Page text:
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Supreme Court ruling could affect Utah immigration law

Published May 26, 2011 3:44 pm

Immigration • Controversial HB116, set to take effect in 2013, has an employer provision similar to Arizona legislation.
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The U.S. Supreme Court ruling Thursday upholding Arizona's law requiring businesses to use a federal employment verification program could be a precursor to validating at least a portion of Utah's controversial guest worker bill passed earlier this year.

Utah's law, HB116, has a similar provision that requires employers in the state to use E-verify, the federal database that allows employers to check the status of an employee.

The Arizona law, passed in 2007, also requires businesses to use E-verify and allows the state to suspend licenses of businesses that "intentionally or knowingly" violated requirements to verify the status of employees.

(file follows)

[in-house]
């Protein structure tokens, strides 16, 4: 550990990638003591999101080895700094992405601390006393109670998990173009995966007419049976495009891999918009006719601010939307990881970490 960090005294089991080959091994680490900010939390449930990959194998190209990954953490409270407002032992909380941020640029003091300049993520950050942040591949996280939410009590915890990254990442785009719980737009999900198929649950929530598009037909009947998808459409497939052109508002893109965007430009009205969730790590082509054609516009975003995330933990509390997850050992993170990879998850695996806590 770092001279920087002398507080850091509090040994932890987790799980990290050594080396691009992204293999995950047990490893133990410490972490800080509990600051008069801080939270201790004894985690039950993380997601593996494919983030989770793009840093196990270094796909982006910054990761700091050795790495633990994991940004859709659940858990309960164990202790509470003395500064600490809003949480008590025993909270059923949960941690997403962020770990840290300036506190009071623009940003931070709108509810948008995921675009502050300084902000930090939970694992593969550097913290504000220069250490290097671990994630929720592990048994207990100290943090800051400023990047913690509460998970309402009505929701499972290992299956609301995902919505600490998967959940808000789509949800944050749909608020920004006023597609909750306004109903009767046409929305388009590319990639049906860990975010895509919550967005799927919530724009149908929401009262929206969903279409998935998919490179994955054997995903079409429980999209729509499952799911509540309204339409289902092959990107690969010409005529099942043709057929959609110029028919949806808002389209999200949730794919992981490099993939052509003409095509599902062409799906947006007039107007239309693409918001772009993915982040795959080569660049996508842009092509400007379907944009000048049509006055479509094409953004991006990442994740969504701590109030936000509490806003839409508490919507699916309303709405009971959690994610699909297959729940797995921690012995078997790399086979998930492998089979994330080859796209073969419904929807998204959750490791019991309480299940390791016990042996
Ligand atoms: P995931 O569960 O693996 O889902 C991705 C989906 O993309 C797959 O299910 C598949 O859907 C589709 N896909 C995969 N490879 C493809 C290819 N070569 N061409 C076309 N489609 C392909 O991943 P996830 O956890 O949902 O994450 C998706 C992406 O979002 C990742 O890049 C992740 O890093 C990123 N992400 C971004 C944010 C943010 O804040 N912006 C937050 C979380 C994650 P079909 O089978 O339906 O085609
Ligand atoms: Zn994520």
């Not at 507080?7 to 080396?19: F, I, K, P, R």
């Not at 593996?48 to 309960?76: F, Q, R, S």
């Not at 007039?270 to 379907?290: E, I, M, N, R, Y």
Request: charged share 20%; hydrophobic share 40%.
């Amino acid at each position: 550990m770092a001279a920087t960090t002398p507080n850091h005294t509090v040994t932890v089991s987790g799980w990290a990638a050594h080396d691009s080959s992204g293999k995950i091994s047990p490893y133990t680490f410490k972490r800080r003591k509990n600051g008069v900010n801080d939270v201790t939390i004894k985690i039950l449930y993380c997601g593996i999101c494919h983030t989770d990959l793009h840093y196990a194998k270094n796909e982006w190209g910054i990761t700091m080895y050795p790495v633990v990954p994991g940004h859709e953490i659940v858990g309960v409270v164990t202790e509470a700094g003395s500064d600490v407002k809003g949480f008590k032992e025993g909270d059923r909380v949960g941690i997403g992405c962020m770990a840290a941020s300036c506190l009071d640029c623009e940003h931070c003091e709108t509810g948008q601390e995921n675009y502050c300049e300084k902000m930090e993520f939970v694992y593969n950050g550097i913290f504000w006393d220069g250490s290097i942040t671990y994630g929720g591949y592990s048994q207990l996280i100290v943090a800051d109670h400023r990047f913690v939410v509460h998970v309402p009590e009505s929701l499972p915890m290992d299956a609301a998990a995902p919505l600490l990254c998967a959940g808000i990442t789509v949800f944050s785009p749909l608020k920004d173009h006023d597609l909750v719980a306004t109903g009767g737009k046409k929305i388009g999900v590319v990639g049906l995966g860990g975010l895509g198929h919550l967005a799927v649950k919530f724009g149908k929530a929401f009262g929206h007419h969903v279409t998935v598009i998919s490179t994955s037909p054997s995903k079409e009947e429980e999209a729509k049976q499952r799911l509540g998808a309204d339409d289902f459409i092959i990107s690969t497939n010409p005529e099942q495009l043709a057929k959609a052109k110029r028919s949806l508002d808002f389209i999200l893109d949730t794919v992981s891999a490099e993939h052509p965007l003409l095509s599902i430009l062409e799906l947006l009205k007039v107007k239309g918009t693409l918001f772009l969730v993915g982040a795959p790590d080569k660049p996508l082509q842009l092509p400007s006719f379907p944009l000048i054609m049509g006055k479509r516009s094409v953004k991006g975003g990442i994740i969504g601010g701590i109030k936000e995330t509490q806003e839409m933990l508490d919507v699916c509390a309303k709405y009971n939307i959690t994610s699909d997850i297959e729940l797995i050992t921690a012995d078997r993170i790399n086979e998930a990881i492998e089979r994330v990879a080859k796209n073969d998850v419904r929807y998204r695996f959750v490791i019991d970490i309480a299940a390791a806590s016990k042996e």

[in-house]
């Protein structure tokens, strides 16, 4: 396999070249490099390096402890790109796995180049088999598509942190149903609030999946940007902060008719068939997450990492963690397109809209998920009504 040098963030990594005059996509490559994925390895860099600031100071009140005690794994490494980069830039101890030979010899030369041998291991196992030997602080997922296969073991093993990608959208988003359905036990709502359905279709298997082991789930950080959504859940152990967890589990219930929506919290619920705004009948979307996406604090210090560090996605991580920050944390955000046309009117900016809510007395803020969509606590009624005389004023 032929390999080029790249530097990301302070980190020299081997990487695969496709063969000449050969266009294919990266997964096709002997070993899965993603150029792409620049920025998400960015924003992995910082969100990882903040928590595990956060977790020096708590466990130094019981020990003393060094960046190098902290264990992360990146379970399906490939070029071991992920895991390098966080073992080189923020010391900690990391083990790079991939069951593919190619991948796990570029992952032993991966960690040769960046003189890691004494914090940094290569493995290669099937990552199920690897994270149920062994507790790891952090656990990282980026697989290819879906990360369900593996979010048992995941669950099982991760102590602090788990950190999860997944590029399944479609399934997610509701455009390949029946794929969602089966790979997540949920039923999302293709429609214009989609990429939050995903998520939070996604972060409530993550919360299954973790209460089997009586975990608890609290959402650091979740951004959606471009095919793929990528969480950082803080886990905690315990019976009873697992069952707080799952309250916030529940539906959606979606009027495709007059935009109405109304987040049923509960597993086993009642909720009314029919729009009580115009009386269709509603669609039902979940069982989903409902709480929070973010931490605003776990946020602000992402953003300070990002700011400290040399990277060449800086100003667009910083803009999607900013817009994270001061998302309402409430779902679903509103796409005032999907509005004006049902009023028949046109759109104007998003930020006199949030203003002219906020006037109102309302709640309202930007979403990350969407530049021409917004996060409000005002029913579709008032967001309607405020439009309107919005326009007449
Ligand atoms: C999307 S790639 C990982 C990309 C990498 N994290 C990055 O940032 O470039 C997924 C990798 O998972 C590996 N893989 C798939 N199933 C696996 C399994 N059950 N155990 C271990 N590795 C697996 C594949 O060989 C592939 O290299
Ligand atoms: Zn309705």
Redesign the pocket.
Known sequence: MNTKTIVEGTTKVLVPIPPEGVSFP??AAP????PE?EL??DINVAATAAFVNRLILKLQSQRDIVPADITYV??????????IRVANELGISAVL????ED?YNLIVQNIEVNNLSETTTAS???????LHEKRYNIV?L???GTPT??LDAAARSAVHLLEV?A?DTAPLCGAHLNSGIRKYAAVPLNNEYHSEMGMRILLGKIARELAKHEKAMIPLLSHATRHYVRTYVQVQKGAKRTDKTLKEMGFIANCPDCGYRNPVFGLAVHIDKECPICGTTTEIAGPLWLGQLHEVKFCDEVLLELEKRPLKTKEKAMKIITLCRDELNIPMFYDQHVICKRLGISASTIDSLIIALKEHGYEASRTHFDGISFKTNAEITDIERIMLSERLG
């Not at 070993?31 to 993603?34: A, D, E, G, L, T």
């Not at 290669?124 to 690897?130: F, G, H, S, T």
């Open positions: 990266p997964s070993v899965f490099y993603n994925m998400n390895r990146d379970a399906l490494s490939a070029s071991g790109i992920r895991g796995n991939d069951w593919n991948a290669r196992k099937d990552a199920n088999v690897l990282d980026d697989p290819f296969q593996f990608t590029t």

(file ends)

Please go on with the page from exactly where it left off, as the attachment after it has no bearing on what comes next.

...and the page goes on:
Utah's guest-worker bill, which isn't scheduled to take effect until July 2013, also calls for the revocation of a business license after the company has had three violations of hiring undocumented workers. The first violation would come with a $100 fine for each undocumented employee, and a second violation would carry a $500 fine for each worker. The law also caps the fines at $10,000.

But Utah's law also goes a step further than what Arizona passed in 2007. It establishes a state-run verification program called U-verify and would require businesses to register with it.

The guest-worker bill, sponsored by Rep. Bill Wright, R-Holden, is currently the subject to a repeal movement and has been criticized as unconstitutional by groups ranging from the American Civil Liberties Union to tea party members. However, it was supported by a swath of religious, business and political groups as a comprehensive and compassionate approach to dealing with illegal immigration.

It also has several other components, including a fine-based system that would allow undocumented immigrants already in Utah to pay a $1,000 penalty for overstaying a visa and a $2,500 fine for entering the country and living in Utah without documents.

Bill supporters have set a start date of 2013 to give the state time to try to work out a deal with the federal government to allow Utah to run the guest-worker program despite critics' belief it is in violation of the U.S. Constitution's supremacy clause.


Twitter: @davemontero




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